Wide Variation in cost of Treating Colon Cancer

This article in the American Journal of Managed Care only tells half the story. It reports on the costs of chemotherapy for colon cancer using conventional chemotherapeutic agents. As reported common regimens costs are:

Total Cost of 6 Cycles of Commonly Prescribed Treatment Regimens

Chemotherapy Regimen Total Cost of Treatment ($)
5FU/LV (5-flurouracil plus leucovorin) 1,028
IFL/FOLFIRI (flurouracil/leucovorin/irinotecan) 38,027
FOLFOX (fluorouracil/leucovorin/oxaliplatin) 17,584
Irinotecan 25,287
CapeOx (capcitebine/irinotecan/oxaliplatin) 34,744
Oxaliplatin 11,593

Part of the wider variation in cost is the need for leukocyte stimulating factor (GCSF) and erythropoietin with the more aggressive regimens. Given the large difference in cost to the system one wonders why a historical comparison of the effectiveness of the various regimens was not included.

The study was completed in 2005 and the cost variation may be worse now:

“This variation is likely to be even bigger now that monoclonal antibodies, such as cetuximab (Erbitux) and bevacizumab (Avastin), have been accepted as standard therapies to be added onto chemotherapy regimens. The study finished at the end of 2005, and so did not assess the impact of these new products, Dr. Lyman explained. It focused on chemotherapy regimens and found enormous variations in cost. “As bad as it looked then,” Dr. Lyman commented in an interview, “I would guess it is even worse now.”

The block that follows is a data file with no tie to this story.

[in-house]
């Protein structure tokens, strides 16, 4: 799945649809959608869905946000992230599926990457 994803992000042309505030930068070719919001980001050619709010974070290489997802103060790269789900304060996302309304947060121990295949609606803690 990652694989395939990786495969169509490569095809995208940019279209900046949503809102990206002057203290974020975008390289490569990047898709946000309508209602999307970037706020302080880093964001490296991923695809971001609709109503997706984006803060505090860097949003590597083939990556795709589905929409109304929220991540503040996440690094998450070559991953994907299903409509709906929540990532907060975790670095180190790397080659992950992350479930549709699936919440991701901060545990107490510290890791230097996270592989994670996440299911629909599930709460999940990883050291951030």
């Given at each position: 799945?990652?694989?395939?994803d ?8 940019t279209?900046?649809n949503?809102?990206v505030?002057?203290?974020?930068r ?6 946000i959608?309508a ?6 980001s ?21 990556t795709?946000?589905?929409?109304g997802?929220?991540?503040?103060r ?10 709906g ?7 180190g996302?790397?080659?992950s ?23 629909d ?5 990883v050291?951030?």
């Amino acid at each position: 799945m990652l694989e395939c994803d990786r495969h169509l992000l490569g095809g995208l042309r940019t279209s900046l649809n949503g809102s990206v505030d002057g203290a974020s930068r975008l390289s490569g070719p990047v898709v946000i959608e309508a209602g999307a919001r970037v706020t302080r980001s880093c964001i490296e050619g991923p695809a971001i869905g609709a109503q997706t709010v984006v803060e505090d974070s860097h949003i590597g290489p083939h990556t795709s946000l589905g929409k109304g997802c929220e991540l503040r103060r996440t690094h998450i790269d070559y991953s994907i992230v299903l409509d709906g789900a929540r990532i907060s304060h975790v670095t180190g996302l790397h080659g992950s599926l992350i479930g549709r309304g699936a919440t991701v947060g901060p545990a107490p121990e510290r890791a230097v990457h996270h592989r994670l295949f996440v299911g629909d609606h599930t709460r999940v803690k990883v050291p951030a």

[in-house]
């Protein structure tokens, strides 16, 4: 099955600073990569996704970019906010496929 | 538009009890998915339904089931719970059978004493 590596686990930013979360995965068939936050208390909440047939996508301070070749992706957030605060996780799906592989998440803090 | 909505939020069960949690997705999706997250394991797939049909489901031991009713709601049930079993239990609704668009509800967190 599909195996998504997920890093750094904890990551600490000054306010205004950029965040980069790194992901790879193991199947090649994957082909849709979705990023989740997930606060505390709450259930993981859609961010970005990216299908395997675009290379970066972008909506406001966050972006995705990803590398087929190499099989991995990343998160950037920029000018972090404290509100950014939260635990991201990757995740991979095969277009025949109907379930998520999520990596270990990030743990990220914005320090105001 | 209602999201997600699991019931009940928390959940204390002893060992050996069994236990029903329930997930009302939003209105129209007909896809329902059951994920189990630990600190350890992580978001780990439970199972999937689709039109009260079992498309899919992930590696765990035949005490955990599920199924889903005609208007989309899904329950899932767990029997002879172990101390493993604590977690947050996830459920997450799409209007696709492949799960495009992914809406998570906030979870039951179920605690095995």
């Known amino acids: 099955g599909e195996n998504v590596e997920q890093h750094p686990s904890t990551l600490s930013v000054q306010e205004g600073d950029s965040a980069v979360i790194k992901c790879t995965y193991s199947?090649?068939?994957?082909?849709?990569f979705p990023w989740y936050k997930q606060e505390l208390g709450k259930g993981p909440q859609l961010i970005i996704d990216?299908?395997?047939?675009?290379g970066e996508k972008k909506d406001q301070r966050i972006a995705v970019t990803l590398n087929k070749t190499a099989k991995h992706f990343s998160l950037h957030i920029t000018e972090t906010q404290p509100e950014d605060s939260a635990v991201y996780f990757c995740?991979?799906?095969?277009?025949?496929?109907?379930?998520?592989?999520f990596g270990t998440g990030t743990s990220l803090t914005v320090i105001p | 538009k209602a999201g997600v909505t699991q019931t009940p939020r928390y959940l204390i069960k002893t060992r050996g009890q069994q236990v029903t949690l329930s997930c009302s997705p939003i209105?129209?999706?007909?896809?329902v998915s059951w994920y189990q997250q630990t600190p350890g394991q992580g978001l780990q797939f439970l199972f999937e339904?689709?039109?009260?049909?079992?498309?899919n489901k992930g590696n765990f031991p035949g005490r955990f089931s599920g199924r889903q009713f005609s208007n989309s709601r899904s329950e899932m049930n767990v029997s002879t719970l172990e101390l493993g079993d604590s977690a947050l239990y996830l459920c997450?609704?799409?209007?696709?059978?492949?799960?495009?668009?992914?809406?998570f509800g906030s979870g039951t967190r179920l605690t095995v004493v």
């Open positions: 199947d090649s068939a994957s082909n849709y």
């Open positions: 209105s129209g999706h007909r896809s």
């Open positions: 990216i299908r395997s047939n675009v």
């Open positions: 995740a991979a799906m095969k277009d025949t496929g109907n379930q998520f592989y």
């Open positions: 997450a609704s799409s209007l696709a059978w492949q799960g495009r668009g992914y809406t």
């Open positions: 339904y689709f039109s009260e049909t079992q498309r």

Cetuximab and bevacizumab may increase costs by as much as $10,000/month and only improve the outcome by a modest amount.

The larger question is whether physicians and institutions should factor in cost to the treatment equation. It’s been our practice to ignore cost when considering treatment alternatives but as the expenditures for health care increase exponentially it may be time to consider another approach.

It is difficult for individual physicians to do all the work on this. In UK there is an agency, the Nation Institute for Health and Clinical Excellence (NICE), that produces studies and make recommendations to their National Health Service. A similar non-biased source of cost/effectness evaluation in our system should be welcomed by all practitioners. For what it’s worth the FDA is prohibited from including cost in their evaluations of new drugs.

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